Dispute over Museum of Tolerance heads back to court

Human remains found on 12 percent of the site.

tolerance museum 298.88 (photo credit: Ariel Jerozolimski)
tolerance museum 298.88
(photo credit: Ariel Jerozolimski)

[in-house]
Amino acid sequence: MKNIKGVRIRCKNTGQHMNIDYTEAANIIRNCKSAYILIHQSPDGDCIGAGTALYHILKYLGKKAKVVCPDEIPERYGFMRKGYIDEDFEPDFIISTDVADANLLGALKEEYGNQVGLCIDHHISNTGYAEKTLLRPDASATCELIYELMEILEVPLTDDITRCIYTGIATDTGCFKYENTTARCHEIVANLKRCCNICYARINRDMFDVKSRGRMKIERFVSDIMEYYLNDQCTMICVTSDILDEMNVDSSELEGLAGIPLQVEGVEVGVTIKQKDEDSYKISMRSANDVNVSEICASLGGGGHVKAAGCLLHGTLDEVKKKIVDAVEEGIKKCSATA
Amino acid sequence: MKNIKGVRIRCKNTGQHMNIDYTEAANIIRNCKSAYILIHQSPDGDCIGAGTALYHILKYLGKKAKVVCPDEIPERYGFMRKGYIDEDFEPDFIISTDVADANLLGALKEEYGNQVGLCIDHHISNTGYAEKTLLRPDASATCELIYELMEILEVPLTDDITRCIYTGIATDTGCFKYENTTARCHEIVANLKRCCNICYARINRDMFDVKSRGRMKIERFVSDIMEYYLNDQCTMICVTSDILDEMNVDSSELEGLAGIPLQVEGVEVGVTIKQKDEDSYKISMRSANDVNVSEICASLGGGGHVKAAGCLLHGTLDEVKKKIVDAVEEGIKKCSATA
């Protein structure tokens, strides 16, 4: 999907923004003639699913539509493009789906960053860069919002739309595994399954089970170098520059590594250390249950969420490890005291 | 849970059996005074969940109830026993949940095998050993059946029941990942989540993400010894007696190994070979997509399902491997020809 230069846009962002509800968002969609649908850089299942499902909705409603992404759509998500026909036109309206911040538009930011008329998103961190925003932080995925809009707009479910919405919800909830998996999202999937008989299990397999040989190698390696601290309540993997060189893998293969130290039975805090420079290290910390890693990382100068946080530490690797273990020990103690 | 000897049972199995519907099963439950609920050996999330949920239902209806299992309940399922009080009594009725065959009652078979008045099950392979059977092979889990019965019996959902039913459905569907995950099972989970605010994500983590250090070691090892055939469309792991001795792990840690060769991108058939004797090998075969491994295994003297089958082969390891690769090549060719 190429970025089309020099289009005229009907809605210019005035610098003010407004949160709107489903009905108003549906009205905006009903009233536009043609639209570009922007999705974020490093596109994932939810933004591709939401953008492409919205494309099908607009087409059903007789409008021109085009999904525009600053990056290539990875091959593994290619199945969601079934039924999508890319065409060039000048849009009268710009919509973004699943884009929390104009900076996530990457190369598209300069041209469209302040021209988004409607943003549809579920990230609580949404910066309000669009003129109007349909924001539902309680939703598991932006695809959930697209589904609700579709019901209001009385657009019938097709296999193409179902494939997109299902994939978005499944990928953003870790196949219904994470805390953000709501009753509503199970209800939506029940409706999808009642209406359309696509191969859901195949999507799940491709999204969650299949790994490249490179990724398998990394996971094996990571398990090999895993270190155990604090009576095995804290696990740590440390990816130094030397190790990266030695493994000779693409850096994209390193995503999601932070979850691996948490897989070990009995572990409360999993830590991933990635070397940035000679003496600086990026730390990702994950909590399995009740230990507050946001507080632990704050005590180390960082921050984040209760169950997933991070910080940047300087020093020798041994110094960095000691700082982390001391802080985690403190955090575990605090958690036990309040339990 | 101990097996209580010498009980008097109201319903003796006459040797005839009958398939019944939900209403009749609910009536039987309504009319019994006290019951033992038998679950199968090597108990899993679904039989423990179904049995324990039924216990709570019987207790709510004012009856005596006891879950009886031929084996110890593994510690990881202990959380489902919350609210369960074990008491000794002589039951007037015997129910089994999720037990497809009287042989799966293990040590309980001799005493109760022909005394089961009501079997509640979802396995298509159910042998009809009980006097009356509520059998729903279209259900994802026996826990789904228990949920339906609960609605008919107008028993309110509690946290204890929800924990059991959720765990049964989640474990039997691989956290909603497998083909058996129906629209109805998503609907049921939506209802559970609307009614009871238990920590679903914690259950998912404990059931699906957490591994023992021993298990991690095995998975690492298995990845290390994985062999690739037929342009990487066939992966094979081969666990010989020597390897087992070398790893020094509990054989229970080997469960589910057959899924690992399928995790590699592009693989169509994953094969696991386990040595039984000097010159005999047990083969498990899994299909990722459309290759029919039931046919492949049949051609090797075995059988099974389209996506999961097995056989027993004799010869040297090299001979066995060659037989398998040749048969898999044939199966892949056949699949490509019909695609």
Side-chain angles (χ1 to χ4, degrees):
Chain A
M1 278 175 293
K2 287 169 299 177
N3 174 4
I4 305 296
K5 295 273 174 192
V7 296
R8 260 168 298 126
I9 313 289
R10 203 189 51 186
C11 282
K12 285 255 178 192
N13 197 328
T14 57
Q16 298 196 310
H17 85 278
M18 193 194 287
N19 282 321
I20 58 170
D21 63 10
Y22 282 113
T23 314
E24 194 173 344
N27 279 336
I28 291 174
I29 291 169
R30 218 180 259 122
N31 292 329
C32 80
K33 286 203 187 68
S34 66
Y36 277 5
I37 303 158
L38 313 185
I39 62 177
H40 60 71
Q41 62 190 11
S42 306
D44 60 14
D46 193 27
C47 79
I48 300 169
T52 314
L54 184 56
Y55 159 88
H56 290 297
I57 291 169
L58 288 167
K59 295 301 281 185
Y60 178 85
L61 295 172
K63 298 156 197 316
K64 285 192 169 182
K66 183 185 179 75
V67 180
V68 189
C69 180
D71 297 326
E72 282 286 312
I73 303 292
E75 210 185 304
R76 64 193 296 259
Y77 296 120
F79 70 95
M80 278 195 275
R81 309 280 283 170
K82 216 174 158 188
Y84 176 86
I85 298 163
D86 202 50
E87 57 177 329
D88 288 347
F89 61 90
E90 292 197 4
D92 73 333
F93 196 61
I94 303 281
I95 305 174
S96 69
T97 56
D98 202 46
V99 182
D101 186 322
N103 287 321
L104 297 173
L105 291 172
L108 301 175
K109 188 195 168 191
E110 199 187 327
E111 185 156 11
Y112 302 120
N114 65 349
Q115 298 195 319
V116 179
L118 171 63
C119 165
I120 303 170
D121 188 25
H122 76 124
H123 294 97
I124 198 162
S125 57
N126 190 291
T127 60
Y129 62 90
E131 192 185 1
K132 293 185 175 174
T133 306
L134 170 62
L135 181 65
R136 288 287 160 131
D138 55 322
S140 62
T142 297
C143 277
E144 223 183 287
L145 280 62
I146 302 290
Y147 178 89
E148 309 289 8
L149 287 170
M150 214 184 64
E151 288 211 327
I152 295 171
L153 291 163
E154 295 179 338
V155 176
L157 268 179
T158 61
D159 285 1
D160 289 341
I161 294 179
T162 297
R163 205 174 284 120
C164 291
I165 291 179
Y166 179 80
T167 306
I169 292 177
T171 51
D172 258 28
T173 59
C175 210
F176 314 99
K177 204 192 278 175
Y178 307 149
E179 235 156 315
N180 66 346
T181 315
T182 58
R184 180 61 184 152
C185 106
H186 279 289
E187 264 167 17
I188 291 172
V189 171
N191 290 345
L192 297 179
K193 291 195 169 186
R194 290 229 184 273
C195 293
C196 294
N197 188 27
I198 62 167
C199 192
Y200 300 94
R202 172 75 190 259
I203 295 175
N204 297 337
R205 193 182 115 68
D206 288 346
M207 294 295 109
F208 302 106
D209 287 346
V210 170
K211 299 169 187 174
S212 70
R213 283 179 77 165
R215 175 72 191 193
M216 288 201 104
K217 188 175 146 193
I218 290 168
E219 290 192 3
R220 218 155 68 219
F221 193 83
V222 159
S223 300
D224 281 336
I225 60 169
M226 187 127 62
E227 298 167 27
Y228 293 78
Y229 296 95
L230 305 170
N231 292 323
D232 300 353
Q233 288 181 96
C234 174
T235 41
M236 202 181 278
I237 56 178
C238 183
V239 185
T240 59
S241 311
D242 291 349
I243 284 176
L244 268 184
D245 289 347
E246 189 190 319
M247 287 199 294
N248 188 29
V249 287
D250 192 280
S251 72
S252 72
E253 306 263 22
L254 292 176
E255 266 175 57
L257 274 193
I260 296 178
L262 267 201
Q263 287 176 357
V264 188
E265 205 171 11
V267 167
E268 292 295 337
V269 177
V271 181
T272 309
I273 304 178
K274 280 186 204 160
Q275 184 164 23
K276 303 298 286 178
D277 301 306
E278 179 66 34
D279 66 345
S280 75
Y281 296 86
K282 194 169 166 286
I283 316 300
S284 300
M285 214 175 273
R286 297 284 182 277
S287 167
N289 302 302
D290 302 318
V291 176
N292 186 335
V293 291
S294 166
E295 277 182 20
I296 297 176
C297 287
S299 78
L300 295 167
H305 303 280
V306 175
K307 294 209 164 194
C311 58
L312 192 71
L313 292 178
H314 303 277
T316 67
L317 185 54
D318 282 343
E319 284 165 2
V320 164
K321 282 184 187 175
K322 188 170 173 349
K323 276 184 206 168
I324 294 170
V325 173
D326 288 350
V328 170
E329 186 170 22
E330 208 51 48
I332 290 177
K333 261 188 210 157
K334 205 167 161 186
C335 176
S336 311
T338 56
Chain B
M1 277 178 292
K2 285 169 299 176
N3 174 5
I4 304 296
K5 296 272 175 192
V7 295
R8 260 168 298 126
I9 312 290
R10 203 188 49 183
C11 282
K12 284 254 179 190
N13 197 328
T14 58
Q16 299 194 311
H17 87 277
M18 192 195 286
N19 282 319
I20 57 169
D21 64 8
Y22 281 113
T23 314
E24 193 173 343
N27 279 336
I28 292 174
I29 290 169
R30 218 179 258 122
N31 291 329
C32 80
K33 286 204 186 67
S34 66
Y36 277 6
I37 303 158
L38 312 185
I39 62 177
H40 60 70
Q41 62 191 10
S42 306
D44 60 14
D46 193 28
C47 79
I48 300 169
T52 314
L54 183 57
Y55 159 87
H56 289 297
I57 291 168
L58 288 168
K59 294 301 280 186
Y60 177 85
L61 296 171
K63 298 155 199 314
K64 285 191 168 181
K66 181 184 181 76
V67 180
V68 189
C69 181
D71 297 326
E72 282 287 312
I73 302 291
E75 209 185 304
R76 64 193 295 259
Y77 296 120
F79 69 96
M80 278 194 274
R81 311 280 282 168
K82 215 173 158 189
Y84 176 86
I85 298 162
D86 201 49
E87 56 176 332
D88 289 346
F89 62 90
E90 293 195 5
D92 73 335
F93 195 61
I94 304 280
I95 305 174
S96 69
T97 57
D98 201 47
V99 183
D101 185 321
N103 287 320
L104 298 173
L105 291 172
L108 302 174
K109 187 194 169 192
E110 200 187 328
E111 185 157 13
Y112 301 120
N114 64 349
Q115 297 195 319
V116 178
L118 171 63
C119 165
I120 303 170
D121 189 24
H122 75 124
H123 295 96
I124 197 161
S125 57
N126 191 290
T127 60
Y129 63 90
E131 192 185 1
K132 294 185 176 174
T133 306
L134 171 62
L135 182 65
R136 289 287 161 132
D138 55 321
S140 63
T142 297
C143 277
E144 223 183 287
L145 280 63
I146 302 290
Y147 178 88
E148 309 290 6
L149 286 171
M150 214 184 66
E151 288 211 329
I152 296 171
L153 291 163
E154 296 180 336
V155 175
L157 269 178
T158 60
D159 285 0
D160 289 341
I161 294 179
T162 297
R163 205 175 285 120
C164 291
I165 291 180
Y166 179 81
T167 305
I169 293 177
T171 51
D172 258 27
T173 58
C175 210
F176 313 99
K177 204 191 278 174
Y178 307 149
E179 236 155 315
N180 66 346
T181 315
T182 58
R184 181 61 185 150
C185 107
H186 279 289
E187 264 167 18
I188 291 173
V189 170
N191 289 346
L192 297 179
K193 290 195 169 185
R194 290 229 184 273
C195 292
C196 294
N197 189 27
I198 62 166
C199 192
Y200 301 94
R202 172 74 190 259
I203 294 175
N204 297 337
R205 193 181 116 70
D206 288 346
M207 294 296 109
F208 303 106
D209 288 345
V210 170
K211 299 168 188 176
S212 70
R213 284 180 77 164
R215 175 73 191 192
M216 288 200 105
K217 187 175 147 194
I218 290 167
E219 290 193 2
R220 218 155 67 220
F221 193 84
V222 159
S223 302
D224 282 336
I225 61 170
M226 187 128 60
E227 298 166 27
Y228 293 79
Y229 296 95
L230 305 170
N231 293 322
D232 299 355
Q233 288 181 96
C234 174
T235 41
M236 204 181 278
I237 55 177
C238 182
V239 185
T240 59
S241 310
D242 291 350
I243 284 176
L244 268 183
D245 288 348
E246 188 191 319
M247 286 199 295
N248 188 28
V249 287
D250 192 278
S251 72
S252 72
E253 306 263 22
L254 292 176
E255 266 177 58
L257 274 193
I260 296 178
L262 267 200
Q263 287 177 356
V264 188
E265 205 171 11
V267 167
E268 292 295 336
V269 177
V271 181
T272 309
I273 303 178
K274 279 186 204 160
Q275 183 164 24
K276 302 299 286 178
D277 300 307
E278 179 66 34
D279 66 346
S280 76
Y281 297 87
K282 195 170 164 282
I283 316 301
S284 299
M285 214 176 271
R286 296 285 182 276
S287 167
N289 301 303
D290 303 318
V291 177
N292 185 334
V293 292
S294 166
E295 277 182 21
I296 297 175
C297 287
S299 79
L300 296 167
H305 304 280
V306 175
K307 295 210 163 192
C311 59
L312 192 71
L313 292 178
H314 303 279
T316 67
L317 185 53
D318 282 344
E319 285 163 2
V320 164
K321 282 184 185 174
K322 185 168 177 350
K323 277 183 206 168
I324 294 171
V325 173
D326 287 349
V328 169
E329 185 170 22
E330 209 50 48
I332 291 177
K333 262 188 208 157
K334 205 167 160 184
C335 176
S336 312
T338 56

A bitter dispute over the construction site of Jerusalem's Museum of Tolerance is headed back to Israel's highest court on Wednesday after seven months of legal arbitration failed to resolve the controversy. The construction of the $200 million dollar museum, which is being built by the Los Angeles based Simon Wiesenthal Center, hit a snag two years ago after dozens of Muslim graves were found on a section of the museum's planned central Jerusalem site during required groundbreaking excavations. Last year, the High Court of Justice issued a temporary order barring construction at the site following Arab appeals against the building, and appointed former Supreme Court president Meir Shamgar to mediate the dispute. But the attempt to reach an out of court settlement broke down in September after Islamic officials rejected an offer by the museum to move the bones to a nearby neglected Muslim cemetery and renovate it. The center pointedly refused to relocate the museum. "The Muslim side just said no, no and no and didn't come up with any suggestion short of moving the museum somewhere else," said Rabbi Marvin Hier, dean of the center, in a telephone interview Monday from Los Angeles. He noted that the bones in question were found on 12 percent of the planned museum site, and that that the organization had offered to pay for the burial of the bones that were found in that area, and only build above ground there. Hier added that the center has spent over $1 million in legal fees on the case to date. Durgham Saif, a lawyer for the human rights group Karameh, which is fighting the construction project, said Monday that the compromises put forward by the Center were not serious, adding that they were forcing the court to make a decision on the issue. "The whole issue of compromise is over," he said. A three-justice panel will now hear the case, Saif added. The center will ask the court this week to allow construction at the site to continue. Islamic officials have repeatedly ruled out any construction at the site. The museum, which is due to be adjacent to Independence Park, was originally expected to be completed in 2007, a date that is certain to be pushed back now due to the ongoing legal wrangling. The site in downtown Jerusalem served as the main Muslim cemetery until 1948. The Wiesenthal Center has cited rulings by Muslim courts, the most recent in 1964, that canceled the sanctity of the site because it was no longer used. Hier noted that the site, which was given to the center by the Israel Lands Authority and the Jerusalem Municipality last decade, had never been designated by Israeli authorities as a cemetery, and that for three decades it was used as parking lot. He said throughout the Arab world, including in the Palestinian territories, there has been extensive building on abandoned cemetery sites. "We have a very strong case on legal precedent," he said. The museum construction site was dedicated with great fanfare in 2004, with top government officials and California Gov. Arnold Schwarzenegger in attendance. The museum, which is being designed by the world-renowned architect Frank Gehry and will include a theater complex, conference center, library, gallery, and lecture halls, seeks to promote unity and respect among Jews and between people of all faiths.